The former Sinclair Broadcasting reporter who was fired after criticizing Sinclair's plans to air an anti-John Kerry documentary prior to last November's election, has been turned down for unemployment benefits in Maryland. Jon Leiberman was axed after claiming that the film amounted to "biased political propaganda, with clear intentions to sway this election." The Maryland Department of Labor held that Leiberman's statements represented "a deliberate and willful disregard of the standards of behavior which the employer has the right to expect" and therefore amounted to "gross misconduct," sufficient grounds to deny him unemployment insurance. Sinclair had challenged his claim after he collected about $1,000 from the state over three weeks. He was ordered to pay back the money.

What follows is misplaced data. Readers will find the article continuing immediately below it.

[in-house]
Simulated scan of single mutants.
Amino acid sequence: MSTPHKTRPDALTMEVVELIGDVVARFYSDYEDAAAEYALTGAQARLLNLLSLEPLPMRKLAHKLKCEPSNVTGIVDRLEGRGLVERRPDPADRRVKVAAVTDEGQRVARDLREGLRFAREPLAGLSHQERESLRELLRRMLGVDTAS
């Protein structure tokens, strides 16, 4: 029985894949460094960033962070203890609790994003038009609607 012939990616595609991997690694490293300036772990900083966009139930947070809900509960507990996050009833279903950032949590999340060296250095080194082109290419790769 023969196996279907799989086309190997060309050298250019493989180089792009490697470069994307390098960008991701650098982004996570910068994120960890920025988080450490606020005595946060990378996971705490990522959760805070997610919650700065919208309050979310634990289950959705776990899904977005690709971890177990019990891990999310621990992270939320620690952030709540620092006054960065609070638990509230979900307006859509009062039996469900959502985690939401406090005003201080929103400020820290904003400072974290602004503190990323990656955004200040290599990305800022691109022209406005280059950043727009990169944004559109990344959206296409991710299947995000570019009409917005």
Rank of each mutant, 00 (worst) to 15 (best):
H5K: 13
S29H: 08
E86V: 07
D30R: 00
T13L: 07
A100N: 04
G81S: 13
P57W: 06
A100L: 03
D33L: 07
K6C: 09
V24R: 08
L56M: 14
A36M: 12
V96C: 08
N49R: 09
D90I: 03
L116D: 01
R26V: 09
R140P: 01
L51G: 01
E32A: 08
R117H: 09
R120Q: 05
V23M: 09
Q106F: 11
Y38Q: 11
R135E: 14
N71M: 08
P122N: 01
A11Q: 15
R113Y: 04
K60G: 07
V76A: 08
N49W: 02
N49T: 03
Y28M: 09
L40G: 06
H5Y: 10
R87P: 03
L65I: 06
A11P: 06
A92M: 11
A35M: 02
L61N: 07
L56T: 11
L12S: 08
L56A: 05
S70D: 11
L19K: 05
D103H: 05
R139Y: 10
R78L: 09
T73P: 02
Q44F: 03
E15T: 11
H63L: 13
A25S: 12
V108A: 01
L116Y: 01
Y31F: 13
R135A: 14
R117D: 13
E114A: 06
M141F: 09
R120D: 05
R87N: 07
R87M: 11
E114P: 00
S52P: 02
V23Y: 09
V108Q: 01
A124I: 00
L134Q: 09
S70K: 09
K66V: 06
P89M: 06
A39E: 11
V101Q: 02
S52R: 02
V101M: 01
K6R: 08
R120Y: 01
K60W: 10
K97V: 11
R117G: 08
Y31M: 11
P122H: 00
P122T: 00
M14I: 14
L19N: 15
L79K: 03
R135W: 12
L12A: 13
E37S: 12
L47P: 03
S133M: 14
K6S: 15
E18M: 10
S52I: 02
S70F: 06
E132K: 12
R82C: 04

A 24-hour news channel in Syracuse, NY that aired a video "report" that was actually produced by the Department of Health and Human Services says that it did so in error. The channel's use of the video, about Medicare drug benefits, was first mentioned by the New York Times last month in an investigative report about TV stations that use video news releases funded by the government without attributing the source -- or in some cases giving the impression that they were produced by the stations themselves. In the case of the video shown on Syracuse's News 10 Now channel, a local newscaster substituted his own narration, but the copy remained the same. Ron Lombard, the channel's general manager, told the Syracuse Post-Standardthat he believes the video wasn't clearly flagged as a news release by CNN Newsource, which distributed it. "Our policy is not to run stuff like that," Lombard said. The Government Accountability Office, the investigative branch of Congress, which has criticized government spending on such news releases, has noted that the Medicare release was "not strictly factual" and was intended to present the Bush administration's view of the drug benefit favorably.